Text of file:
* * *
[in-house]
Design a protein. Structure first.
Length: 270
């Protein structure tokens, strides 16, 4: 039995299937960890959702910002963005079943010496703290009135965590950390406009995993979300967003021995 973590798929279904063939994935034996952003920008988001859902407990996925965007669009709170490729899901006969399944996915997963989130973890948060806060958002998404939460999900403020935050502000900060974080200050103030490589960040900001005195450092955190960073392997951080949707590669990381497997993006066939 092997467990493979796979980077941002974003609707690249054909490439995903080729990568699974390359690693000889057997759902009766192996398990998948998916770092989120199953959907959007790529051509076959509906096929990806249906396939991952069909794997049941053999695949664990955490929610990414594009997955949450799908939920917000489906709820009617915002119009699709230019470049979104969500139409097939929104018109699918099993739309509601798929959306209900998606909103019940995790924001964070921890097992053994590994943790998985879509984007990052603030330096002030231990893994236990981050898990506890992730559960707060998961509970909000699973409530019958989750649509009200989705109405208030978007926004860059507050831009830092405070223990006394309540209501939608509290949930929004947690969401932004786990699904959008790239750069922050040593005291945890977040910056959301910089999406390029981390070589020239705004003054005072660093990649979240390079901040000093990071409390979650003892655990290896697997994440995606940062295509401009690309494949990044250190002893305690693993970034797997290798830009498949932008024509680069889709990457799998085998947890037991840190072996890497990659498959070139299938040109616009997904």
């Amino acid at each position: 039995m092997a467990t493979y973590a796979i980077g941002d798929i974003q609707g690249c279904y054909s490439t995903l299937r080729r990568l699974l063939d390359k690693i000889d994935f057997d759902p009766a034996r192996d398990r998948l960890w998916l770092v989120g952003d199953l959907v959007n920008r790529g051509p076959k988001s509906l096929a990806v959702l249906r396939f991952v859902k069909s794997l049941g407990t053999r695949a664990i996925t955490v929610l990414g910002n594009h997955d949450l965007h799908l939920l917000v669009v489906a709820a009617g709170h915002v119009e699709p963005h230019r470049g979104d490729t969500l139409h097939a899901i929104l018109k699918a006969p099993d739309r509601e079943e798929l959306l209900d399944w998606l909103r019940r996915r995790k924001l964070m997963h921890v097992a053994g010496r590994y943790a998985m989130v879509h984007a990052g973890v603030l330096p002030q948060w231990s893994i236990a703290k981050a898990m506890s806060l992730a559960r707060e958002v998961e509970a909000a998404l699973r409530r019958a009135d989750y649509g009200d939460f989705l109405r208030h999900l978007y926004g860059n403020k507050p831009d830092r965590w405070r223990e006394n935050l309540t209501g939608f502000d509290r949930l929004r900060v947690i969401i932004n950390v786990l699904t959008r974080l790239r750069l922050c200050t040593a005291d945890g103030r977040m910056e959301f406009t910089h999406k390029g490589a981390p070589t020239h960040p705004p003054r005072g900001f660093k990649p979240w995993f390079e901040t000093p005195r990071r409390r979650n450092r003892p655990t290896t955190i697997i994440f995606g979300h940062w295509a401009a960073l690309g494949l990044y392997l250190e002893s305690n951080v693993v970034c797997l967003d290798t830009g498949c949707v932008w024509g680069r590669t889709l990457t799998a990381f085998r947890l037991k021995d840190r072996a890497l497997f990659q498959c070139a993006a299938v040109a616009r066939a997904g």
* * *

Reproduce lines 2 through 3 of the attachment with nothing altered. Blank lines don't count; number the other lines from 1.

Design a protein. Structure first.
Length: 270